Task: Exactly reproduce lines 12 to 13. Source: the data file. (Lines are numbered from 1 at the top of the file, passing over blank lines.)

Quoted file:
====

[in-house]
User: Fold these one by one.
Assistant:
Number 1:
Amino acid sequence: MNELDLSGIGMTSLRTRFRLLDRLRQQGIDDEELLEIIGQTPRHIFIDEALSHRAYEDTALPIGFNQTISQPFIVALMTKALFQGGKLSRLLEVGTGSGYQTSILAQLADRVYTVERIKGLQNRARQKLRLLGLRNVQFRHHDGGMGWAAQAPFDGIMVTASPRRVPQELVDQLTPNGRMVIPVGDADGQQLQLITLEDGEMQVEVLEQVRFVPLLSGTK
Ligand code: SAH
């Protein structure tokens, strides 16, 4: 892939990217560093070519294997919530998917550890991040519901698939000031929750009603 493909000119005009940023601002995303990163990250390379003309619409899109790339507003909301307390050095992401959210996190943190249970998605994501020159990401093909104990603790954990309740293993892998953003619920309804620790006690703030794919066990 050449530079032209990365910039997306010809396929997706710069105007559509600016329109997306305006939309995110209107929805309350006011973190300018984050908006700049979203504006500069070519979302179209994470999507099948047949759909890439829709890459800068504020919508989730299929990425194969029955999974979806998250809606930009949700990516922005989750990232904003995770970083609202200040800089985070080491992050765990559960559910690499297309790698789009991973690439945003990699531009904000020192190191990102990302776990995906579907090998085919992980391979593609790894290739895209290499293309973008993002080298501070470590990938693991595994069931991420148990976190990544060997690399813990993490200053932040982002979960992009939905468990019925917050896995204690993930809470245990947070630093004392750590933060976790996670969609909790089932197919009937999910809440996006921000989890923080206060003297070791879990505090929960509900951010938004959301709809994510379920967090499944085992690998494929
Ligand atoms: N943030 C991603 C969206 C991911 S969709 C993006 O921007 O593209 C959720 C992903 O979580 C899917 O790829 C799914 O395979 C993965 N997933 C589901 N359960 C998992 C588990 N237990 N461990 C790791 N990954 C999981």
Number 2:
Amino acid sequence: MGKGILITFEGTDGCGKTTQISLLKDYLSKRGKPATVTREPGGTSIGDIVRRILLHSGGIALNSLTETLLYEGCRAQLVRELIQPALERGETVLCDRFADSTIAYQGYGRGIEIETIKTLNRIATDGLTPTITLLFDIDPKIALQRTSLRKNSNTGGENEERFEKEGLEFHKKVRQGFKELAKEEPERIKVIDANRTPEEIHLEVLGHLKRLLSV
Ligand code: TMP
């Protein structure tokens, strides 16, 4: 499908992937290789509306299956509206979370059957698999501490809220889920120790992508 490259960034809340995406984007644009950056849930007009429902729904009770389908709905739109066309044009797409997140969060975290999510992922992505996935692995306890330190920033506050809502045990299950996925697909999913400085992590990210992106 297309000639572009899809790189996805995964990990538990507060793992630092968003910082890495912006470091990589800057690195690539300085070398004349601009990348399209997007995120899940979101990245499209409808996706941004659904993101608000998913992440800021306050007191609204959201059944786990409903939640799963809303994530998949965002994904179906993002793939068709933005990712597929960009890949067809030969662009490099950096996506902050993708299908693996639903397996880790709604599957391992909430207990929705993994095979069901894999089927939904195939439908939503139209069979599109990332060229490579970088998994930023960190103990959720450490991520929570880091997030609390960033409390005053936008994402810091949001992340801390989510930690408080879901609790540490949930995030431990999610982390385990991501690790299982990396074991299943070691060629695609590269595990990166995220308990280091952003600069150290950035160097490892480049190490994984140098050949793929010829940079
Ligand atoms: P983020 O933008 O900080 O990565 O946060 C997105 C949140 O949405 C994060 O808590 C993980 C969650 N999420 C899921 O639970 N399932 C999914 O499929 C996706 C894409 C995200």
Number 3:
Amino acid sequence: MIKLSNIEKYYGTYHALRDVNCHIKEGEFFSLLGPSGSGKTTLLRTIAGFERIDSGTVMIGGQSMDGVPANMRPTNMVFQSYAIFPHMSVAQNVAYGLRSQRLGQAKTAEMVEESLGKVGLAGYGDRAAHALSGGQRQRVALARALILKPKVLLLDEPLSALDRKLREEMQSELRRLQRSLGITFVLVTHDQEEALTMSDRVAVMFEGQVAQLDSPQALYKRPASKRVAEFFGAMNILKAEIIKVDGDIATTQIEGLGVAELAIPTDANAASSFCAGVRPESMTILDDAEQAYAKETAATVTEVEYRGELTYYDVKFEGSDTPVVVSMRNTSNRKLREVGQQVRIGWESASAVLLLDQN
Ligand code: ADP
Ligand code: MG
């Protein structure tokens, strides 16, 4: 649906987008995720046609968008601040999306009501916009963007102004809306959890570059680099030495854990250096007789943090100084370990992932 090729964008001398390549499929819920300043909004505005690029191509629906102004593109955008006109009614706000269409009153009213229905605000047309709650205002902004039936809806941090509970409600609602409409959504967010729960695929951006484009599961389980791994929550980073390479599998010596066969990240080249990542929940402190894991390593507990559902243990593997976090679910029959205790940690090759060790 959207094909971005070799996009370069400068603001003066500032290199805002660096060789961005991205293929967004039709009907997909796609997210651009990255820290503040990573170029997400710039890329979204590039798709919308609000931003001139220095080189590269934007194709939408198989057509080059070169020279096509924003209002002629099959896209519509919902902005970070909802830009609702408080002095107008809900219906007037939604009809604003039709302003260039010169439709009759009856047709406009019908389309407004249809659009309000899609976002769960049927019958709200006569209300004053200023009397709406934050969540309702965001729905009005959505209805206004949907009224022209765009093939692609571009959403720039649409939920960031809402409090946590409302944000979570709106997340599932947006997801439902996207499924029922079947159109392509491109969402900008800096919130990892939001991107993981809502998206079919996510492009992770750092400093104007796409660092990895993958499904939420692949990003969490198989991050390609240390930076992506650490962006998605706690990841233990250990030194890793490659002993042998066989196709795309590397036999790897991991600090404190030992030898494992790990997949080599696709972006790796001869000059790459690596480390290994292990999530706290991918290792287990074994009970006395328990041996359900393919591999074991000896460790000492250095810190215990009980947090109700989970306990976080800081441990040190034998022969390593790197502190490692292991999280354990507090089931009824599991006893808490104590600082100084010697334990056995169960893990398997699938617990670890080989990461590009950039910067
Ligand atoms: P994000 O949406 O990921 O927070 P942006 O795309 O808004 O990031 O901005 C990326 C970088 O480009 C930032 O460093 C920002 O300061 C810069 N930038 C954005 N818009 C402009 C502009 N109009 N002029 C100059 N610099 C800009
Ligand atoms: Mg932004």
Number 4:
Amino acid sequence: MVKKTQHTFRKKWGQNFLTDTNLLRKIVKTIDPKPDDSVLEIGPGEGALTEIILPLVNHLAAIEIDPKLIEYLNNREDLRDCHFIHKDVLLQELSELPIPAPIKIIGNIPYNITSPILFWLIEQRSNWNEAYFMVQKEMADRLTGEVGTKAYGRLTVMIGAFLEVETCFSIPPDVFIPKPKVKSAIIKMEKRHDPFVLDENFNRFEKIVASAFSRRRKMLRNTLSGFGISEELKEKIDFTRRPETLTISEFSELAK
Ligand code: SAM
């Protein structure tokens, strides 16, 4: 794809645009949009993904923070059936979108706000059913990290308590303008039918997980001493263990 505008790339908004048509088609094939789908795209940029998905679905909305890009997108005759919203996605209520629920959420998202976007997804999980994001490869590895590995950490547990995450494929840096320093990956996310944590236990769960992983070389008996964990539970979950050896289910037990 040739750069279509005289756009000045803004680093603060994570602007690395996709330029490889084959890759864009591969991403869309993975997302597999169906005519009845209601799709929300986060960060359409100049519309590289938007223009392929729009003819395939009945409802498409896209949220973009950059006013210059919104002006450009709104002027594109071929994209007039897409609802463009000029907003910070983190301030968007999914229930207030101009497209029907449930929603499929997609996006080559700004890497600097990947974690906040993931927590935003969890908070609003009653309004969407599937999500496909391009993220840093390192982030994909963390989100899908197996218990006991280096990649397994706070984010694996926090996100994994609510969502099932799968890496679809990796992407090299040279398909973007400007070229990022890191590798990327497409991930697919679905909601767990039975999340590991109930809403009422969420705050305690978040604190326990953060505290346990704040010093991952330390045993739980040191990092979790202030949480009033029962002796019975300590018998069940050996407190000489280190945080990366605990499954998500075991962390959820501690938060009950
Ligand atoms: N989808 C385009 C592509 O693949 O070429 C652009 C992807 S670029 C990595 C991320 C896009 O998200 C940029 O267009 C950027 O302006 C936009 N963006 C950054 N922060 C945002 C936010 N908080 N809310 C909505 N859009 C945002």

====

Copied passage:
């Protein structure tokens, strides 16, 4: 499908992937290789509306299956509206979370059957698999501490809220889920120790992508 490259960034809340995406984007644009950056849930007009429902729904009770389908709905739109066309044009797409997140969060975290999510992922992505996935692995306890330190920033506050809502045990299950996925697909999913400085992590990210992106 297309000639572009899809790189996805995964990990538990507060793992630092968003910082890495912006470091990589800057690195690539300085070398004349601009990348399209997007995120899940979101990245499209409808996706941004659904993101608000998913992440800021306050007191609204959201059944786990409903939640799963809303994530998949965002994904179906993002793939068709933005990712597929960009890949067809030969662009490099950096996506902050993708299908693996639903397996880790709604599957391992909430207990929705993994095979069901894999089927939904195939439908939503139209069979599109990332060229490579970088998994930023960190103990959720450490991520929570880091997030609390960033409390005053936008994402810091949001992340801390989510930690408080879901609790540490949930995030431990999610982390385990991501690790299982990396074991299943070691060629695609590269595990990166995220308990280091952003600069150290950035160097490892480049190490994984140098050949793929010829940079
Ligand atoms: P983020 O933008 O900080 O990565 O946060 C997105 C949140 O949405 C994060 O808590 C993980 C969650 N999420 C899921 O639970 N399932 C999914 O499929 C996706 C894409 C995200």